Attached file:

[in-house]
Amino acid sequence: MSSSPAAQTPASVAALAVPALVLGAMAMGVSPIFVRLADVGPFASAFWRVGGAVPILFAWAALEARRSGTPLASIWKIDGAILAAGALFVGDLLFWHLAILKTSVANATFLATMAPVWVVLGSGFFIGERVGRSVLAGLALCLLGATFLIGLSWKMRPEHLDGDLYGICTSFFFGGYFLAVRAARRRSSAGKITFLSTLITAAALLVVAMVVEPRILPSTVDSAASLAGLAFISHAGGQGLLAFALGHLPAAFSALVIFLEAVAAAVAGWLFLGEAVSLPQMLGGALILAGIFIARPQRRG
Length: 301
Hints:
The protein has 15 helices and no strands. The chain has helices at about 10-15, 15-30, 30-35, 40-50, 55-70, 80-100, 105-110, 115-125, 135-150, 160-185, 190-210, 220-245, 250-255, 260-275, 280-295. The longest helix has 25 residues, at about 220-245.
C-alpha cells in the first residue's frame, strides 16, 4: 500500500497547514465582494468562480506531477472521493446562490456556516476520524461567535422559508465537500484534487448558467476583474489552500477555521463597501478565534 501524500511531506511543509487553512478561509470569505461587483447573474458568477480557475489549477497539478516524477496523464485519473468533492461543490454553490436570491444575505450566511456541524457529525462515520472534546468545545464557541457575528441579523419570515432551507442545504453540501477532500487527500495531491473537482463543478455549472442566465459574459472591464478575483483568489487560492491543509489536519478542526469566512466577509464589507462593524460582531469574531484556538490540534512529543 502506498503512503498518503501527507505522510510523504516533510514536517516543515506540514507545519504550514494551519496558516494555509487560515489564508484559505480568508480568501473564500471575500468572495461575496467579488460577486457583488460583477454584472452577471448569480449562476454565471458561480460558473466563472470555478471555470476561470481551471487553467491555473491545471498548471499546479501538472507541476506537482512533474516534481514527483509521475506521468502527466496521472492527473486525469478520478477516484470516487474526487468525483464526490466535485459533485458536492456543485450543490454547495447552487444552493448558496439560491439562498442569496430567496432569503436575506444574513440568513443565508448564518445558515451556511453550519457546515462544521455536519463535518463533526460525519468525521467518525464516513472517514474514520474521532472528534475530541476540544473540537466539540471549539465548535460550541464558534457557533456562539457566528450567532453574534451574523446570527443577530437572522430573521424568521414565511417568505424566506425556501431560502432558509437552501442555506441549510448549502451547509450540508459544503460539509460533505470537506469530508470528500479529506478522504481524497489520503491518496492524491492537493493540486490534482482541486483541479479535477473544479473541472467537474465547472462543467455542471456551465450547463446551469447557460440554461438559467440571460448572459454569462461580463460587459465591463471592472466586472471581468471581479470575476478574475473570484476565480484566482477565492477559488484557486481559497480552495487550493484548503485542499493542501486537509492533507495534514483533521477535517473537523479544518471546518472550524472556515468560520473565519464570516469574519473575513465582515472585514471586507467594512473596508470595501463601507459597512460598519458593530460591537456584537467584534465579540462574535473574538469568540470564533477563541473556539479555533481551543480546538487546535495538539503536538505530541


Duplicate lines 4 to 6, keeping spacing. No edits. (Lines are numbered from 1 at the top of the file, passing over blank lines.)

Hints:
The protein has 15 helices and no strands. The chain has helices at about 10-15, 15-30, 30-35, 40-50, 55-70, 80-100, 105-110, 115-125, 135-150, 160-185, 190-210, 220-245, 250-255, 260-275, 280-295. The longest helix has 25 residues, at about 220-245.
C-alpha cells in the first residue's frame, strides 16, 4: 500500500497547514465582494468562480506531477472521493446562490456556516476520524461567535422559508465537500484534487448558467476583474489552500477555521463597501478565534 501524500511531506511543509487553512478561509470569505461587483447573474458568477480557475489549477497539478516524477496523464485519473468533492461543490454553490436570491444575505450566511456541524457529525462515520472534546468545545464557541457575528441579523419570515432551507442545504453540501477532500487527500495531491473537482463543478455549472442566465459574459472591464478575483483568489487560492491543509489536519478542526469566512466577509464589507462593524460582531469574531484556538490540534512529543 502506498503512503498518503501527507505522510510523504516533510514536517516543515506540514507545519504550514494551519496558516494555509487560515489564508484559505480568508480568501473564500471575500468572495461575496467579488460577486457583488460583477454584472452577471448569480449562476454565471458561480460558473466563472470555478471555470476561470481551471487553467491555473491545471498548471499546479501538472507541476506537482512533474516534481514527483509521475506521468502527466496521472492527473486525469478520478477516484470516487474526487468525483464526490466535485459533485458536492456543485450543490454547495447552487444552493448558496439560491439562498442569496430567496432569503436575506444574513440568513443565508448564518445558515451556511453550519457546515462544521455536519463535518463533526460525519468525521467518525464516513472517514474514520474521532472528534475530541476540544473540537466539540471549539465548535460550541464558534457557533456562539457566528450567532453574534451574523446570527443577530437572522430573521424568521414565511417568505424566506425556501431560502432558509437552501442555506441549510448549502451547509450540508459544503460539509460533505470537506469530508470528500479529506478522504481524497489520503491518496492524491492537493493540486490534482482541486483541479479535477473544479473541472467537474465547472462543467455542471456551465450547463446551469447557460440554461438559467440571460448572459454569462461580463460587459465591463471592472466586472471581468471581479470575476478574475473570484476565480484566482477565492477559488484557486481559497480552495487550493484548503485542499493542501486537509492533507495534514483533521477535517473537523479544518471546518472550524472556515468560520473565519464570516469574519473575513465582515472585514471586507467594512473596508470595501463601507459597512460598519458593530460591537456584537467584534465579540462574535473574538469568540470564533477563541473556539479555533481551543480546538487546535495538539503536538505530541